5 Mental Health Benefits of Exercise
Most of us are aware of the physical benefits of exercise, such as weight control, lower blood pressure, reduced risk of diabetes, increased energy, and so on. However, what about the psychological benefits of exercise? Whether it is easing symptoms of depression and anxiety or keeping your memory sharp, there is no lack of mental benefits when it comes to exercise.
5 Mental Health Benefits That Come With Exercise
- Reduces Stress. Rough day at work or at school? Take a nice walk outside or head to the gym or get in a quick home workout. Whether it’s physical or mental stress, working up a sweat can help manage and relieve both. Exercise also increases amounts of norepinephrine, a chemical that works to moderate the brain's response to stressors. So, at the end or before a long day, don’t be afraid to get sweaty as a quick sweat session can reduce stress and boost the body's ability to deal with mental tension.
- Increased Self-Esteem. Improved endurance, weight loss, and increasing muscle tone are all physical benefits one can achieve through regular exercise. Even better, all of those achievements can all add up to a noticeable boost in self-esteem, allowing you to acquire all of the confidence that comes with it. Oftentimes, it happens before you even realize it, like a switch that gets turned on. It’s simply one of the many mental benefits that come with engaging in regular physical activity.
- Better Quality of Sleep. If you experience trouble getting a good quality of sleep each night, exercise can help with that. Physical activity increases the temperature of your body, which calms your mind, leaving you tossing and turning less and snoozing more. Additionally, exercise helps regulate your circadian rhythm, which is our bodies’ alarm clock that controls when we wake up, feel tired, and feel alert.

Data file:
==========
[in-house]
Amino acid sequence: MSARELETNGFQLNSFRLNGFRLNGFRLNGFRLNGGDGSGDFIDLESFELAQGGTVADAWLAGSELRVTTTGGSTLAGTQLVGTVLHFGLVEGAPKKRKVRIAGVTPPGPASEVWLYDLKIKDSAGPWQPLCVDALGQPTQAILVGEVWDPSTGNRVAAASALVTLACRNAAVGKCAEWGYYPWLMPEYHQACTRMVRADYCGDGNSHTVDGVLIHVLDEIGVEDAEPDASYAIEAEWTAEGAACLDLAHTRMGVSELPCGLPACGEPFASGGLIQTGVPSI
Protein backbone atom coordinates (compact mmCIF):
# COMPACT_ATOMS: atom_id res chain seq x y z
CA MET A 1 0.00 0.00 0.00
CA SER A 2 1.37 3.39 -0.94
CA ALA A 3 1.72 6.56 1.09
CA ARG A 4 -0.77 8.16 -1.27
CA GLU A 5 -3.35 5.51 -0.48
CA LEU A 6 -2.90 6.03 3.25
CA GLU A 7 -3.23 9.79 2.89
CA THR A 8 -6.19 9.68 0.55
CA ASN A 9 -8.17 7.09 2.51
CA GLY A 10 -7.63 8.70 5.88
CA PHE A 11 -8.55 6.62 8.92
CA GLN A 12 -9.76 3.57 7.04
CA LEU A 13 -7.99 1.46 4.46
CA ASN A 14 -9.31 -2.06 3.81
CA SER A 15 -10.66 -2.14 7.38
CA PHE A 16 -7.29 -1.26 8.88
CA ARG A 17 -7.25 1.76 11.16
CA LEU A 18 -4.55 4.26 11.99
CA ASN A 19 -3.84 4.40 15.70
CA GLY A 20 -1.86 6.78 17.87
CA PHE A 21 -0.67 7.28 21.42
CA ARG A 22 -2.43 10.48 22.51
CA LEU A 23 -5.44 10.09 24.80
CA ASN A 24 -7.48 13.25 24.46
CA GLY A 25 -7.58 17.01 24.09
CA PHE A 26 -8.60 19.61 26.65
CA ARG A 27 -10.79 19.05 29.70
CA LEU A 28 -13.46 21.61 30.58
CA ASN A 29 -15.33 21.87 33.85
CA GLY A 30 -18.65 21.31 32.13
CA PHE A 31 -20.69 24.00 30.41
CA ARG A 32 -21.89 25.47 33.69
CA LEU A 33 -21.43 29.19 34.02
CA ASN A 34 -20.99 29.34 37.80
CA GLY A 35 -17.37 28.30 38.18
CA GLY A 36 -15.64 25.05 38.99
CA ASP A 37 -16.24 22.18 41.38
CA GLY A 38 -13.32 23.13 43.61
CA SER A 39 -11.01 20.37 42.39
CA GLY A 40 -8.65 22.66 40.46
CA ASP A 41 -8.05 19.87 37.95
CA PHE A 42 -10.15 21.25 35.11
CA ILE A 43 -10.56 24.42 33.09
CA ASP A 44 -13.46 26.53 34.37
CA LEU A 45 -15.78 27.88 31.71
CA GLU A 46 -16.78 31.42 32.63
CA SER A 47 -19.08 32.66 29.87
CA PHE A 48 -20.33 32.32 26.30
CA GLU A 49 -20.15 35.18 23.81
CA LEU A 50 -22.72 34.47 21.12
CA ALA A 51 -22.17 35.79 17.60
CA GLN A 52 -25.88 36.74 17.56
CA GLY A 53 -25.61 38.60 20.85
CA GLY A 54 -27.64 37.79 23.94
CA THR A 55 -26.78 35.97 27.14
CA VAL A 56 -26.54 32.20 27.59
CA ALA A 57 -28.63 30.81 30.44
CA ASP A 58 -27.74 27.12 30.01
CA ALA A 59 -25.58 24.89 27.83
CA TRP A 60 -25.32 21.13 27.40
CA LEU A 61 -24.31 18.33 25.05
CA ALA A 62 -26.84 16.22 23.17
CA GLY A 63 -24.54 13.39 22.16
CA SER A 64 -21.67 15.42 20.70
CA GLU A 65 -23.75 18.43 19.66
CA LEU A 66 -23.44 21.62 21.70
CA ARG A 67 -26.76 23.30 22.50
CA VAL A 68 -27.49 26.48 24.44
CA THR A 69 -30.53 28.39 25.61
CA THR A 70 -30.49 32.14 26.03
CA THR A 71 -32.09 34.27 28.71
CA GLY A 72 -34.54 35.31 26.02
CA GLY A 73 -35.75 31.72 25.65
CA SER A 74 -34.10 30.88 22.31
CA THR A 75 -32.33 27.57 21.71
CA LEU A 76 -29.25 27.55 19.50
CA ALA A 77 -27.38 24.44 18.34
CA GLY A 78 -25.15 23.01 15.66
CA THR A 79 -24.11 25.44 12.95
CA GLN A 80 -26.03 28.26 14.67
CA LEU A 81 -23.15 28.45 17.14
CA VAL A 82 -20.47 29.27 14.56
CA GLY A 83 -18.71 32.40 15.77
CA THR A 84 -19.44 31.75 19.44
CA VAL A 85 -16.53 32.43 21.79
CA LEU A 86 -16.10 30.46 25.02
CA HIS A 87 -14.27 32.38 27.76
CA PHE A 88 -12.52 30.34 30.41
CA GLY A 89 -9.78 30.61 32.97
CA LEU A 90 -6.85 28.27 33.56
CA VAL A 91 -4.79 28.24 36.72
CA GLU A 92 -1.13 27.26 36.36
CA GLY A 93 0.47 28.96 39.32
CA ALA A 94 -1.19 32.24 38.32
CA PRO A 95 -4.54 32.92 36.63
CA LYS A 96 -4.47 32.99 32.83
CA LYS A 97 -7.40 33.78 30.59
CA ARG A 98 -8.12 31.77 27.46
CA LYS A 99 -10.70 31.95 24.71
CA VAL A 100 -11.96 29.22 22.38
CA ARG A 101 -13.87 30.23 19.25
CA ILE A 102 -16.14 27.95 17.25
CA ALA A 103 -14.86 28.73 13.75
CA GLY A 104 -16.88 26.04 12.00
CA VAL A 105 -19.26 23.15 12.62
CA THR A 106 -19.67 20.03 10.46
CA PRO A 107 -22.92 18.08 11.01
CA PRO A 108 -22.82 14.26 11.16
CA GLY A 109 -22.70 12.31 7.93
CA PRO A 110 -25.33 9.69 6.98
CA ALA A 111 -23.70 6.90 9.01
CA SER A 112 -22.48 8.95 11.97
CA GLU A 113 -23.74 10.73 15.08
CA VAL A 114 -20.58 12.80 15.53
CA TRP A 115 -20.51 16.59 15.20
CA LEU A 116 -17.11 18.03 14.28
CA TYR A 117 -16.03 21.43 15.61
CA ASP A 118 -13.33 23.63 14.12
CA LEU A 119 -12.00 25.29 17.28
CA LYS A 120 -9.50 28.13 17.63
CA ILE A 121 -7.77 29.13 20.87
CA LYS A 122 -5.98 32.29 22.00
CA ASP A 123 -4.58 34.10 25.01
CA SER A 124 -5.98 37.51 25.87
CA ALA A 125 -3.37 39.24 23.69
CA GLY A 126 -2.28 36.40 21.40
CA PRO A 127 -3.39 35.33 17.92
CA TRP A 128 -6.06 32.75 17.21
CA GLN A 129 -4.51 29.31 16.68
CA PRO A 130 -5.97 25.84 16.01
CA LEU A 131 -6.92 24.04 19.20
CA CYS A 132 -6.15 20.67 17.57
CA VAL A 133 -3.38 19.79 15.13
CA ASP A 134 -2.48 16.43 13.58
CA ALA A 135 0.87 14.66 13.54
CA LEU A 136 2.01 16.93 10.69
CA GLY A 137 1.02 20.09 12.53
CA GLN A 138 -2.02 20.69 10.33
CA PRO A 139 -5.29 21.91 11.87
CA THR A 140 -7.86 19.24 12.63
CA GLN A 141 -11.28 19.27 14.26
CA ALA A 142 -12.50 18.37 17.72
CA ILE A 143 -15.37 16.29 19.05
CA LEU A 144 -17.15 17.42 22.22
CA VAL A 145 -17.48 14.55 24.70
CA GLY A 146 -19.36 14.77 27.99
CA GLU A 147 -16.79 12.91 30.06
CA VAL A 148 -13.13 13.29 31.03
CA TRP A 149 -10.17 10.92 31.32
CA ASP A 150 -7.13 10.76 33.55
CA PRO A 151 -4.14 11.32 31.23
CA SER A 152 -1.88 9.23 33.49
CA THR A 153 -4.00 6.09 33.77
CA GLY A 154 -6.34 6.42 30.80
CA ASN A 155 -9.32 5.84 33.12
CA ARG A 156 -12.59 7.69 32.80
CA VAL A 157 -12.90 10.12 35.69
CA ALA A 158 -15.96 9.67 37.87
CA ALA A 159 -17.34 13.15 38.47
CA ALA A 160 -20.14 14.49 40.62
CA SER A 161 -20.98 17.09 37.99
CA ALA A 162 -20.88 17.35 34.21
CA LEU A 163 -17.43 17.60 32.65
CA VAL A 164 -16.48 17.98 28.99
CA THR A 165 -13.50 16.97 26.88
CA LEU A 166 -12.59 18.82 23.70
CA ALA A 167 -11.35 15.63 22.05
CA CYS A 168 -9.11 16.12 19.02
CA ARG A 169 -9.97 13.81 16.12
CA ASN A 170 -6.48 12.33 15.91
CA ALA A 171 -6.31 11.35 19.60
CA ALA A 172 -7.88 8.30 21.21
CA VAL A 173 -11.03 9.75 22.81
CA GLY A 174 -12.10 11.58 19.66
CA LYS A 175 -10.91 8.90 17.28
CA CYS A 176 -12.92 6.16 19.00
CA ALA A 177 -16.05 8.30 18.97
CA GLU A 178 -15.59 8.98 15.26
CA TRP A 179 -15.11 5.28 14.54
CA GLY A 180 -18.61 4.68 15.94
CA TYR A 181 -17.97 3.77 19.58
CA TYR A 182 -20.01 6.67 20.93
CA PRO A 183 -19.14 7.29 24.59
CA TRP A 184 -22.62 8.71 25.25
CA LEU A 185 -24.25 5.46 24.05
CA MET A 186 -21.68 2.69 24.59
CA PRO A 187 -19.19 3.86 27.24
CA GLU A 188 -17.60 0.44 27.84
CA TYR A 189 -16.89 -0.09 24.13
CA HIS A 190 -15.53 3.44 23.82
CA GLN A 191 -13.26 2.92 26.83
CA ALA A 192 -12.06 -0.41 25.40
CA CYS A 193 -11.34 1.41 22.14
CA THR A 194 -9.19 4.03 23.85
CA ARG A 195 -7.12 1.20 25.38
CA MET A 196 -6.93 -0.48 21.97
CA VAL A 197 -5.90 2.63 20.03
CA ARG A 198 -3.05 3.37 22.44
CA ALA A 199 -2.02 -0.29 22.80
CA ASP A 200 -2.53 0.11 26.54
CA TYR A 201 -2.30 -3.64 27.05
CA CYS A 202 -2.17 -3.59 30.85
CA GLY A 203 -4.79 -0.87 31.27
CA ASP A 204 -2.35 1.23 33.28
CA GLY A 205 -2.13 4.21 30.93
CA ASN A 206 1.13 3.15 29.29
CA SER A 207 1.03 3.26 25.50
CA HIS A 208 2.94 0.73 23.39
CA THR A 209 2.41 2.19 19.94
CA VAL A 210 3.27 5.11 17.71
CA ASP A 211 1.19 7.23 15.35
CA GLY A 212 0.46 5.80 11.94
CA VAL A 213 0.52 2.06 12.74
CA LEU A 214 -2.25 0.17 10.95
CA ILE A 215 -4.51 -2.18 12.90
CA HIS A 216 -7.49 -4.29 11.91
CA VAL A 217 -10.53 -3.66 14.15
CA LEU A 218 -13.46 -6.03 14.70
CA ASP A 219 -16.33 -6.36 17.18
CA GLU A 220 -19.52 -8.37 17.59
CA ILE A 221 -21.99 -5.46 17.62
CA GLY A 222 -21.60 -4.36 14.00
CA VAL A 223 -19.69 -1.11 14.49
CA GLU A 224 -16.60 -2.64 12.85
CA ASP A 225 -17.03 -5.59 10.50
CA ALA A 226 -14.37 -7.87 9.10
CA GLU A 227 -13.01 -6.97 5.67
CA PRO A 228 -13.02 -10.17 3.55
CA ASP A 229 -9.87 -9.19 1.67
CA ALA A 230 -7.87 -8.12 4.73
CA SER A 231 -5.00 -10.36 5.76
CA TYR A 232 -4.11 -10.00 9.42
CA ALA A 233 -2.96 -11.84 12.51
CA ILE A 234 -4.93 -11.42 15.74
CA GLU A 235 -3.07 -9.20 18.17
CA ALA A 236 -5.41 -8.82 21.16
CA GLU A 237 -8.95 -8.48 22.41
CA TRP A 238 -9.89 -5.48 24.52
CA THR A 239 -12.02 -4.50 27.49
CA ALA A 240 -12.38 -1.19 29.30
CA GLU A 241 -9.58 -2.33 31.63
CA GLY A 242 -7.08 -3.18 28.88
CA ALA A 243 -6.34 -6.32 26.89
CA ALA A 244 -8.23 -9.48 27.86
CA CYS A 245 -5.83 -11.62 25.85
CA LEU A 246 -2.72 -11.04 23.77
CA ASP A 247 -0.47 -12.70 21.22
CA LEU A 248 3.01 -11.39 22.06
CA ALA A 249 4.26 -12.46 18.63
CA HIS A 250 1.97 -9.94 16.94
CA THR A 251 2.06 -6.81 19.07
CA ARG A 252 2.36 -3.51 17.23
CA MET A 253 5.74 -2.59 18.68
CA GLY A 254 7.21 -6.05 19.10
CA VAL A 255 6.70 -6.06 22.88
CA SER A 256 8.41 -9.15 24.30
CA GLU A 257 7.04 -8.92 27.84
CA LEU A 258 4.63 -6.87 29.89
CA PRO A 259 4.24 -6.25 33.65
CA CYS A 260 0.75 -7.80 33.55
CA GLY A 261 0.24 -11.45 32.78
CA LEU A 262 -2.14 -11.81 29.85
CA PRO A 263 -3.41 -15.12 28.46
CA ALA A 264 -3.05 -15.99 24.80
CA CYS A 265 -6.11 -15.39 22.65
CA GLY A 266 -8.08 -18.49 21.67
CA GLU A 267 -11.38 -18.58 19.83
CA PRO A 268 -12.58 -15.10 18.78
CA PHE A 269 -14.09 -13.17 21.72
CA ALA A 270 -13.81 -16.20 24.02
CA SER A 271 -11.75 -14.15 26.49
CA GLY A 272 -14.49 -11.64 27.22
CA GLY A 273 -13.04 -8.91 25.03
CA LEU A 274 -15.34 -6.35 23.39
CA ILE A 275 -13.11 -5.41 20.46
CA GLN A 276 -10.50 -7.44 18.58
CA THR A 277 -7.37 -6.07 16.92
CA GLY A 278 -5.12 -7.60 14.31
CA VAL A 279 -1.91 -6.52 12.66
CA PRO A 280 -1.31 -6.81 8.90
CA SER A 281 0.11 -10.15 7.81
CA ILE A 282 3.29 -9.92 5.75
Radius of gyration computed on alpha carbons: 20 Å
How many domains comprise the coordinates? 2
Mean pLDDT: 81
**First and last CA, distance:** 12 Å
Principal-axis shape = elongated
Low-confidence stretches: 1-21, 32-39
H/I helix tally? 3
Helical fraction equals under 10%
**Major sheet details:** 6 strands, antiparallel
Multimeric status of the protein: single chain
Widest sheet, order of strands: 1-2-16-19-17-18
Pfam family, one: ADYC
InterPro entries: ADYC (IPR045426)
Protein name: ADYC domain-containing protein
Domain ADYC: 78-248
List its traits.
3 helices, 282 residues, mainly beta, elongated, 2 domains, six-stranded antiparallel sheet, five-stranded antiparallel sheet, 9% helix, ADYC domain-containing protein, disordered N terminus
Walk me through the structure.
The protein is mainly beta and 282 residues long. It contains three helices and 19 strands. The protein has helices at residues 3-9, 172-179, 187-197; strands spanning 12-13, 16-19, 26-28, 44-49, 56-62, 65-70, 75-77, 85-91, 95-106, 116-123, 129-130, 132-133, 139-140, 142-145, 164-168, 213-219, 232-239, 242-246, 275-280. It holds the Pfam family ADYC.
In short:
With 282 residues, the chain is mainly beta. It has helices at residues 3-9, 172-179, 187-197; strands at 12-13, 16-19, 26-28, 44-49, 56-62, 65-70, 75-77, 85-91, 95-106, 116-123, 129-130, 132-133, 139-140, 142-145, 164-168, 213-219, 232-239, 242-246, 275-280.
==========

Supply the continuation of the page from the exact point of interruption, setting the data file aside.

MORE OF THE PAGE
- Prevents Cognitive Decline. As unpleasant as it is, when we get older our cognitive functioning declines. Aging and degenerative diseases such as Alzheimer's kill off brain cells, and as a result the brain shrinks, many important brain functions are lost in the process. Although exercise and a healthy diet cannot cure degenerative diseases like Alzheimer's, they can help support the brain against cognitive decline that starts to begin after age 45. Working out, especially between ages 25 and 45, is crucial as it boosts brain chemicals that prevent degeneration within the hippocampus, an important area of the brain that is responsible for learning and memory.
- Makes You Happier. Although we often don’t feel like doing much when we’re feeling blue, exercise releases endorphins which create feelings of euphoria and joy. Regular exercise can also ease symptoms among the clinically depressed, studies show. It is for this reason that doctors recommend those suffering from depression or anxiety to spend some time breaking a sweat.
Start Exercise Program Today
Regardless of your age or fitness level, research has shown that making time for exercise provides some important mental benefits. By reading the above list of benefits, choose to get inspired to exercise and in turn reap the rewards that exercise can have on your overall mental health.